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Strong Coupling of Organic Molecules and Plasmons

Final Report Summary - STROCOMP (Strong Coupling of Organic Molecules and Plasmons)

The improvement of fabrication technology over the last decades enables the accurate creation of almost arbitrarily shaped nanoscale metal structures. In such systems, quasi-bound surface modes (plasmons) provide strong, sub-wavelength confinement of electromagnetic fields. This confinement leads to strongly increased coupling between light and matter, and increases the possible spatial resolution, making it possible to surpass the diffraction limit of conventional optics. These properties make plasmonics a quickly growing and multidisciplinary subject, with applications in physics, chemistry, biology and engineering. A particularly relevant topic is the coupling of quantum emitters (such as atoms, molecules, quantum dots, or color centers in diamond) to plasmons. By concentrating light with the use of plasmons, the mismatch between the absorption cross section of the emitter and the size of the light beam can be circumvented. It is then even possible to reach the strong coupling regime, where the elementary excitations become hybrid states with mixed light-matter character, so called exciton-polaritons. The major aim of StroCOMP was to develop new insights into the strong coupling between plasmons and organic molecule excitations. Due to their complex molecular structure, organic molecules provide a richer structure and dynamics than many other emitters, which both complicates their understanding and opens new avenues for their exploitation. Over the duration of StroCOMP, we have been able to significantly improve our understanding of such systems.

In particular, we have been able to demonstrate that strong light-matter coupling can be used to significantly increase the propagation length and thus the transport efficiency of molecular excitations. This effect, which exploits the long-range nature of the involved photonic modes as compared to typical exciton transport lengths (limited by disorder and small site-to-site couplings in most organic materials), could lead to important applications in, for example, organic solar cells. In such solar cells, the efficiency of energy transport after absorption of a photon can be an important rate-limiting step for energy conversion, as the exciton has to be transported to a reaction site for splitting into an electron-hole pair.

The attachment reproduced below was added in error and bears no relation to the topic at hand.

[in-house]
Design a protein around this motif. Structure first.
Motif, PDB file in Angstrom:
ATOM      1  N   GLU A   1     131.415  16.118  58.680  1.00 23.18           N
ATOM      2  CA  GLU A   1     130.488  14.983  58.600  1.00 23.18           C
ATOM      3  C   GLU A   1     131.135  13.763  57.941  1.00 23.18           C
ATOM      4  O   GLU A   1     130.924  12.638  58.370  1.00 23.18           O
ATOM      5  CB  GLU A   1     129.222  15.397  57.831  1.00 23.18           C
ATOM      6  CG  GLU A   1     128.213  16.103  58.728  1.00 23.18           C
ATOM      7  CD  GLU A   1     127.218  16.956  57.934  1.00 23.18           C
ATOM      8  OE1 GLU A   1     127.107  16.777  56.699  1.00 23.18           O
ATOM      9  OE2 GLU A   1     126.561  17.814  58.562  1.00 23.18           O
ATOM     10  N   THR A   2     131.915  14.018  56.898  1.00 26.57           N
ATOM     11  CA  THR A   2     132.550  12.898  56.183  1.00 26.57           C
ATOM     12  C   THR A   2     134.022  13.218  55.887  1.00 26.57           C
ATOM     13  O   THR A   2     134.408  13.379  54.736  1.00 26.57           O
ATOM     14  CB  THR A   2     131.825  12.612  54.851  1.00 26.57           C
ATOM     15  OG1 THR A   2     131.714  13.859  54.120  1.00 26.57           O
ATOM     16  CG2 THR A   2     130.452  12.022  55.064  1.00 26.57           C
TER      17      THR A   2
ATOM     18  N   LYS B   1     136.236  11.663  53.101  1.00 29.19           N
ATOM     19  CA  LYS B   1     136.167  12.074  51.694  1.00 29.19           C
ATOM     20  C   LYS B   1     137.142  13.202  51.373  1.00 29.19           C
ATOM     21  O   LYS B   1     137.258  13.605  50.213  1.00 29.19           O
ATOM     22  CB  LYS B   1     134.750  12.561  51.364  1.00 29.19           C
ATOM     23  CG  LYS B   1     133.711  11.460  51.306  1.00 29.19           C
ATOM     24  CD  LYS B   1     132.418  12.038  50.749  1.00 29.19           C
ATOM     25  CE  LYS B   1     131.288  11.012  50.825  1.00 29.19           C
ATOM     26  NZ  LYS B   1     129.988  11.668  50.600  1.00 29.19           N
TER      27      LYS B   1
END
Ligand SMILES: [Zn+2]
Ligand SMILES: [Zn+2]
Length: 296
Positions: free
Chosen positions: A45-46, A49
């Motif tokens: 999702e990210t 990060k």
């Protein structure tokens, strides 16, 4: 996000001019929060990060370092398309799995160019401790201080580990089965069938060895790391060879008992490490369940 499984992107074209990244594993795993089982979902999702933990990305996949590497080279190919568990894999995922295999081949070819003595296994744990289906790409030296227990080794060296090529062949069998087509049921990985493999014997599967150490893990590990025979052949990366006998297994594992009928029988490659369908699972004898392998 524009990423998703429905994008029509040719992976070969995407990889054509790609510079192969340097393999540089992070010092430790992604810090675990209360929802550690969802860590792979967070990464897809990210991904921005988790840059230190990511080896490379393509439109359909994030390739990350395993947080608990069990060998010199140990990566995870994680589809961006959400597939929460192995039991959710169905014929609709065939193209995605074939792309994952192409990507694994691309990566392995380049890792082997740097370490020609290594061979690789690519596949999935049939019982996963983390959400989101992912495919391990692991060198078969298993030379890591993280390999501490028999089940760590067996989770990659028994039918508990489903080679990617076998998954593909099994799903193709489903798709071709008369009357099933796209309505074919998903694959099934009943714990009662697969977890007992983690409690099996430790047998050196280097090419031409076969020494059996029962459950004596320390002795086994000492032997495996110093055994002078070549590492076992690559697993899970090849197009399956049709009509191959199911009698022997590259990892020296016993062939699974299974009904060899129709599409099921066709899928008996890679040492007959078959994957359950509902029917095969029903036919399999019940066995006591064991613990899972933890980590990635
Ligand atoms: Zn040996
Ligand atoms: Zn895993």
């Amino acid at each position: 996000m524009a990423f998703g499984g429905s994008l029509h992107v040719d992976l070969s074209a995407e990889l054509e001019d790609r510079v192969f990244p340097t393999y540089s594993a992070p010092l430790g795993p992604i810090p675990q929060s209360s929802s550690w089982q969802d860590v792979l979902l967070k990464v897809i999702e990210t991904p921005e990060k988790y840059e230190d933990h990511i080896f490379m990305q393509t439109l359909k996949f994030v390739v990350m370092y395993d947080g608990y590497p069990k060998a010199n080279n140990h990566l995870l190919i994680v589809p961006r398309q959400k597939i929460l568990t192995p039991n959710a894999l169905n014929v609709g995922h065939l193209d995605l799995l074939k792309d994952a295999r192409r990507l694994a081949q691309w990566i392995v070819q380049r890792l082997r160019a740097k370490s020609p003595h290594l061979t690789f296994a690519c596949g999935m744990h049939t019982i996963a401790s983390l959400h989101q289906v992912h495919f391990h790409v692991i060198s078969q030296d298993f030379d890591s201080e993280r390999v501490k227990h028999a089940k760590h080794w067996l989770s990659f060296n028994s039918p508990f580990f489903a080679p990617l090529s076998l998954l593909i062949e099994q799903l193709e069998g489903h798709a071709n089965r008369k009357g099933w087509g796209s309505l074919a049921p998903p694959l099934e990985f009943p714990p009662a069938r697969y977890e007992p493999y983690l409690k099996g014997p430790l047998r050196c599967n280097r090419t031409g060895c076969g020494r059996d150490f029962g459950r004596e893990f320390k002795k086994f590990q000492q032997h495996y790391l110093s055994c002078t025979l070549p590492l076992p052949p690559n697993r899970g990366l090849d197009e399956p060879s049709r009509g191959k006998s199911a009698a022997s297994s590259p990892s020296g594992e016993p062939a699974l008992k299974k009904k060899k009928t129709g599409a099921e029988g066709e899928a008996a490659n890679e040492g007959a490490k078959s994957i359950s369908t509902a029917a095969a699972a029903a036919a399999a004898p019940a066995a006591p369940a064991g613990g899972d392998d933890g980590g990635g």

In addition, we have demonstrated that strong light-matter coupling does not only affect "external" degrees of freedom (such as transport properties), but can also lead to significant changes in internal molecular degrees of freedom, which determine the chemical properties of the molecules. In particular, we developed a general theoretical approach that combines the well-known tools of molecular physics and chemistry with those of cavity quantum electrodynamics. This approach describes the changes in molecular properties based on an extension of the well-known Born-Oppenheimer approximation to the interaction with confined light modes. We were then able to show that strong light-matter coupling can be used to both suppress existing photochemical reactions as well as open new reaction pathways. In particular, we have focused on collective molecular effects due to the fact that in typical experiments, many molecules interact with a single light mode. This collective coupling makes it necessary to treat all molecules coupled to the light mode at the same time, leading to the concept of a "supermolecule". We have shown that this can lead even to reactions involving many molecules after absorption of just a single photon.

Finally, we have worked on our understanding of the condensation and quantum degeneracy of plasmon-exciton-polaritons. Due to the bosonic character of these quasi-particles, exciton-polariton condensation can lead to laser-like emission at much lower threshold powers than in conventional photon lasers. In work published in Optica and performed in collaboration with the group of Jaime Gómez Rivas, we demonstrated for the first time polariton condensation/lasing in a plasmonic system. We observed plasmon-exciton-polariton lasing within a dark mode in an array of metallic nanoparticles with an extremely low threshold power, which interestingly is reduced by increasing the degree of light-matter coupling in spite of the degradation of the quantum efficiency of the active material. In addition, we were able to show that a plasmonic nanocavity coupled to a mesoscopic ensemble of emitters under coherent pumping can generate non-classical light even when the number of emitters is large. This surprising result is in stark contrast to the situation of a bare ensemble of emitters, for which the generated light becomes classical even for a relatively small number of emitters. This makes plasmonic strong coupling a promising route for generating nonclassical light beyond the single emitter level.

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